Cindy Chupack has made a career out of following advice that any writer should heed: Write what you know.
When it comes to life experiences, Chupack knows how meaningful female friendships are at any age, and she knows the emotions behind them.
This has been seen in more than 20 years of the Tulsa native and Emmy winner’s work as writer/producer on “Sex and the City,” “Modern Family” and other projects.
And it can be seen in the fact that she and a group of her 1980s Edison High School girlfriends still reunite on an annual basis.
“My friends are now very far-flung, but we all stay in touch and see each other at least once a year,” she told the Tulsa World, before elaborating a bit on their celebrating turning 50 together.
“We had these lists of what we hoped to accomplish by age 60, and I’m the keeper of these lists, and I have these bottles that the messages are kept in,” she said.
On Chupack’s list: directing her first feature film.
The goal has been met — long before her deadline — and the movie is “Otherhood,” premiering Friday, Aug. 2, on Netflix.
Chupack co-wrote the movie about — what else? — the friendships of three women who, as empty-nesters whose sons have become adults, feel forgotten on Mother’s Day and decide they will drop in on their sons’ New York City homes.
Her script, and her experience writing intelligent stories for women, attracted A-listers in Angela Bassett, Patricia Arquette and Felicity Huffman for the roles, despite Chupack having never directed.
“I have a bad habit of getting comfortable and deciding that I want to do something new, wanting to scare myself,” Chupack said of the director’s job.
But she wasn’t the only one stretching with “Otherhood,” and that became just another point for the movie’s cast and director to bond over.
She said Oscar nominee Bassett and Oscar winner Arquette “thanked me for ‘taking a flier on us for comedy,’ and I said, ‘Ha, you took a flier on me as a first-time director.’
“I mean, can you imagine? Taking a flier on Angela Bassett and Patricia Arquette?” Chupack said with an incredulous laugh.
“Otherhood” is more than a comedy in much the same way that Chupack’s best episodes of “Sex and the City” were.
That means plenty of laughs, as well as drama, in a just-right mix of tones — along with remarkable chemistry between the stars — as these women who have been friends since their children were young realize that, like their sons, they have futures full of options.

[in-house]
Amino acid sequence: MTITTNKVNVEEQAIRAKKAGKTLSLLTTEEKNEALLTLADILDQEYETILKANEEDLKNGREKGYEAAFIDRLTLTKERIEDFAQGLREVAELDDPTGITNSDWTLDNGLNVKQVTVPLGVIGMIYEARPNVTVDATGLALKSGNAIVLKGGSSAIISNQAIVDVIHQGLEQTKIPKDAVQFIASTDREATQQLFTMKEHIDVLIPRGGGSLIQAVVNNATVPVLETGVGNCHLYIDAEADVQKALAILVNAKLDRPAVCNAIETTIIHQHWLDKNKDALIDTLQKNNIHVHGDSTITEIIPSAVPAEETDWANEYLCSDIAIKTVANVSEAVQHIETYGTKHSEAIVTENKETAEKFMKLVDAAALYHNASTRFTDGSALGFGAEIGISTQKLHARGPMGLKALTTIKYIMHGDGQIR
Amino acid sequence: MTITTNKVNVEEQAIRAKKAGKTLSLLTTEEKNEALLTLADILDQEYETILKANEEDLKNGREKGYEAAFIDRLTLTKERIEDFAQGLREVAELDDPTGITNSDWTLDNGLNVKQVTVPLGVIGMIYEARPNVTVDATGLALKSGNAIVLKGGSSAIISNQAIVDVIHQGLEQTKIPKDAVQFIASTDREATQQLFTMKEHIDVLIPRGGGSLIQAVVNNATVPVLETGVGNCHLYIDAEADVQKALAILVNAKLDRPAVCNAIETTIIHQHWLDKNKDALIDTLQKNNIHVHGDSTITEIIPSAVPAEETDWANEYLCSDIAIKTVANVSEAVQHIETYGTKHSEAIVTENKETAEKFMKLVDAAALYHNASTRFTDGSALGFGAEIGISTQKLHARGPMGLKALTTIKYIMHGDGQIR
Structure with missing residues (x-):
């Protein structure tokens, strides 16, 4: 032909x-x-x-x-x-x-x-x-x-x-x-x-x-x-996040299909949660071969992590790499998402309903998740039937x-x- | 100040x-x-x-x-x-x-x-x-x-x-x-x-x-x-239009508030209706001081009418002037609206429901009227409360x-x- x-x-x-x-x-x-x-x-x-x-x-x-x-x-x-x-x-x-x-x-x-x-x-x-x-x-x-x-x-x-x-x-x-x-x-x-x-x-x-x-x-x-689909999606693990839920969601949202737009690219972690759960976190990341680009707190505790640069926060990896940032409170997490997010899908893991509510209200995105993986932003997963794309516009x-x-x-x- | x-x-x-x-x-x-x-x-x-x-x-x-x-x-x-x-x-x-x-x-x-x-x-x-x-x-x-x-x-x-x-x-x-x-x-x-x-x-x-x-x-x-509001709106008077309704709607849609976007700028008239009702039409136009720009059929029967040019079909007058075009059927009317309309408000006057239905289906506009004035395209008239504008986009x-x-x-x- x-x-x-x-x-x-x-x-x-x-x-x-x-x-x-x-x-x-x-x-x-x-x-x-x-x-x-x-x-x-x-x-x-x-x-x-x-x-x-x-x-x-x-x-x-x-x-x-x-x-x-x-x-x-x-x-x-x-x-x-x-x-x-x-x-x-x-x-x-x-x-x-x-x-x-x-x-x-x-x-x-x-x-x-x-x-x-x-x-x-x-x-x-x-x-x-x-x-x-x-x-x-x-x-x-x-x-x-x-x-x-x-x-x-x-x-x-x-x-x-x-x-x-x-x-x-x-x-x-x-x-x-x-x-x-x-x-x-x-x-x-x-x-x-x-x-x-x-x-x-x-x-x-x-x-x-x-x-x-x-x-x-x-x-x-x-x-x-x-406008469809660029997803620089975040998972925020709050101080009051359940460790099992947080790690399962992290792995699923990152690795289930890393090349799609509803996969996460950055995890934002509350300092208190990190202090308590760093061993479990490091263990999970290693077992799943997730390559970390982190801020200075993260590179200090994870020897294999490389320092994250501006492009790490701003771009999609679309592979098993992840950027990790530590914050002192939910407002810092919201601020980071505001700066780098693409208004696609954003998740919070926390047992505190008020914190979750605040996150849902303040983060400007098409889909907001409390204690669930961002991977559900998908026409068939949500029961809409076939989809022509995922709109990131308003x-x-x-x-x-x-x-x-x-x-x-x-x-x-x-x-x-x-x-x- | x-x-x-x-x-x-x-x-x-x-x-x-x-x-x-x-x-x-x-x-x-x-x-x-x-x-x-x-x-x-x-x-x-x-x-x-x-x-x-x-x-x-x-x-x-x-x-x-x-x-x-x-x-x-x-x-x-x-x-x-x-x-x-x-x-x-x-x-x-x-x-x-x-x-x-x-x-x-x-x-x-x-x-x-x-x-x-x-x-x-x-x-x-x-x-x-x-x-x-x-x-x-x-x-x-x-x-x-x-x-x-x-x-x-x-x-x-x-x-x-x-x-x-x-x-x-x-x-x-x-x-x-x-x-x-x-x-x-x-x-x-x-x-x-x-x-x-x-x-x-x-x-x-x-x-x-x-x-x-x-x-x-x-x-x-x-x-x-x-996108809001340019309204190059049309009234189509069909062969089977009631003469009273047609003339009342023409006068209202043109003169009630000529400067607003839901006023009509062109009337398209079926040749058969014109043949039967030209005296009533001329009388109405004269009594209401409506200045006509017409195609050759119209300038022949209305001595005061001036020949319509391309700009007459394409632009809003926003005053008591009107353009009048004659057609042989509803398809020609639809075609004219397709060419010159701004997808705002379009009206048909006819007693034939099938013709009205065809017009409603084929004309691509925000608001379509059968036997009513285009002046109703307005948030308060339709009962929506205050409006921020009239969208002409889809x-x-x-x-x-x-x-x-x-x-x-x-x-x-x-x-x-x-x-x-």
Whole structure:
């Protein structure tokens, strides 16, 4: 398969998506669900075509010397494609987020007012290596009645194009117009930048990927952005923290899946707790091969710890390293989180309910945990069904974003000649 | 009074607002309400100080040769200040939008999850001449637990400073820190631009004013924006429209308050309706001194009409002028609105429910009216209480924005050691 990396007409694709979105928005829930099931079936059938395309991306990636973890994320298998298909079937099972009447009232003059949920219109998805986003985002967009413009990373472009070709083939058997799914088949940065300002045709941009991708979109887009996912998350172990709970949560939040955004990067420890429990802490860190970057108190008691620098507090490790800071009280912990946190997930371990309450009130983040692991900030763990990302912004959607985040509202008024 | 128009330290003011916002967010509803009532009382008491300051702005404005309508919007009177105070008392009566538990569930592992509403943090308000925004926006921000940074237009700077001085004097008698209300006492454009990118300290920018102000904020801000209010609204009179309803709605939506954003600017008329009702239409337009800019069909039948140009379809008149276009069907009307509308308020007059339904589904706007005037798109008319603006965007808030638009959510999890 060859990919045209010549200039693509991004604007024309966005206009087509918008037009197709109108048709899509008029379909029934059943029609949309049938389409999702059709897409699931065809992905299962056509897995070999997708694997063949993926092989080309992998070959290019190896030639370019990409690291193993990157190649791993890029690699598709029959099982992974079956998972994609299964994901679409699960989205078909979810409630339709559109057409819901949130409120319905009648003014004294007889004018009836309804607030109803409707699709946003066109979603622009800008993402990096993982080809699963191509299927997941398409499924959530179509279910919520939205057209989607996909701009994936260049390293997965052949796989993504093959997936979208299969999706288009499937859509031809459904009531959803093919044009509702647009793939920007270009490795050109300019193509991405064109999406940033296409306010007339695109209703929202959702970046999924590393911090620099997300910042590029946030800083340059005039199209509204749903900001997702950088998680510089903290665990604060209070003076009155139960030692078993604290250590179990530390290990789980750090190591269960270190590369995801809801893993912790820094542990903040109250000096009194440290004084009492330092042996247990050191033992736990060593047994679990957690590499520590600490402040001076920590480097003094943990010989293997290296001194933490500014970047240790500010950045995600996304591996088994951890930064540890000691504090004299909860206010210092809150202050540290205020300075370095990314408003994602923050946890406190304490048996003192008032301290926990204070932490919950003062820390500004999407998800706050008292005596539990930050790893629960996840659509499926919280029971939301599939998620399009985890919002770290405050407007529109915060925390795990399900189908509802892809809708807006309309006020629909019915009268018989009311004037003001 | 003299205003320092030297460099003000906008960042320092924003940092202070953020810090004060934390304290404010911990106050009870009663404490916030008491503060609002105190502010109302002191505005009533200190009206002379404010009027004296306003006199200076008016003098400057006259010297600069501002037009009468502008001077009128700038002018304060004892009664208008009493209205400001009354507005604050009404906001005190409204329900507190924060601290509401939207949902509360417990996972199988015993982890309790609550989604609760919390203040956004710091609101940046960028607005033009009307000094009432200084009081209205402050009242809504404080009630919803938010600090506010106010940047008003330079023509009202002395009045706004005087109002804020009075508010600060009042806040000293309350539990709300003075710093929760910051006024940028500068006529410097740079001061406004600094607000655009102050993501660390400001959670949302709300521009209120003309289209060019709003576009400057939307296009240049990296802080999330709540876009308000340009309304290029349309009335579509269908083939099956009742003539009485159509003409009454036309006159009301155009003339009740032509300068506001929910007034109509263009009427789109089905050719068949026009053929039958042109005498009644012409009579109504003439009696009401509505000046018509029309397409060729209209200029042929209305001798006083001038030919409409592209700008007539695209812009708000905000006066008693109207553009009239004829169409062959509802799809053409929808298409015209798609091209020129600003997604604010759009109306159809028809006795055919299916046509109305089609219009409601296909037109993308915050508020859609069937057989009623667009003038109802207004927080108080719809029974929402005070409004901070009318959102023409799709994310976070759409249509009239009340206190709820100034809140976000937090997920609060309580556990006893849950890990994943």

“We should get used to the idea that this is an interesting time for women, and we’re all living longer, and we get this extra period of life that we get to decide how we’re going to fill it, whether that be a second career or some other kind of interesting opportunity,” Chupack said.
These are some of the questions that the trio of women face in “Otherhood,” and it’s classic Chupack subject matter; as she said of her writing in a Tulsa World story a couple of decades ago, it’s about “women whose lives are not what they thought they would be.”
For Chupack, it has proven to be a fertile topic for women in their 30s, their 40s and now in their 50s.
“Yes, that idea of ‘not what they thought their lives would be’ is certainly a recurring theme for me,” she said with a chuckle.
For Chupack, making a change in her 50s like directing for the for the first time was in part a matter of having faith in what her script had to say.
“Being from Tulsa, I feel like I’ve always known what feels real and relatable and universal” to audiences, she said.
That gave her confidence in making “Otherhood,” and so did motherhood.
“I was late to that game (becoming a mother), and what else could I be more scared of than being a working mom?” asked Chupack, whose daughter, Olivia, is 8.
So is she looking forward to the first time that her child forgets Mother’s Day, as happens in “Otherhood” to the three moms?
“No,” she said, “and yes, I feel so retroactively guilty for every call I haven’t taken from my own mother.”
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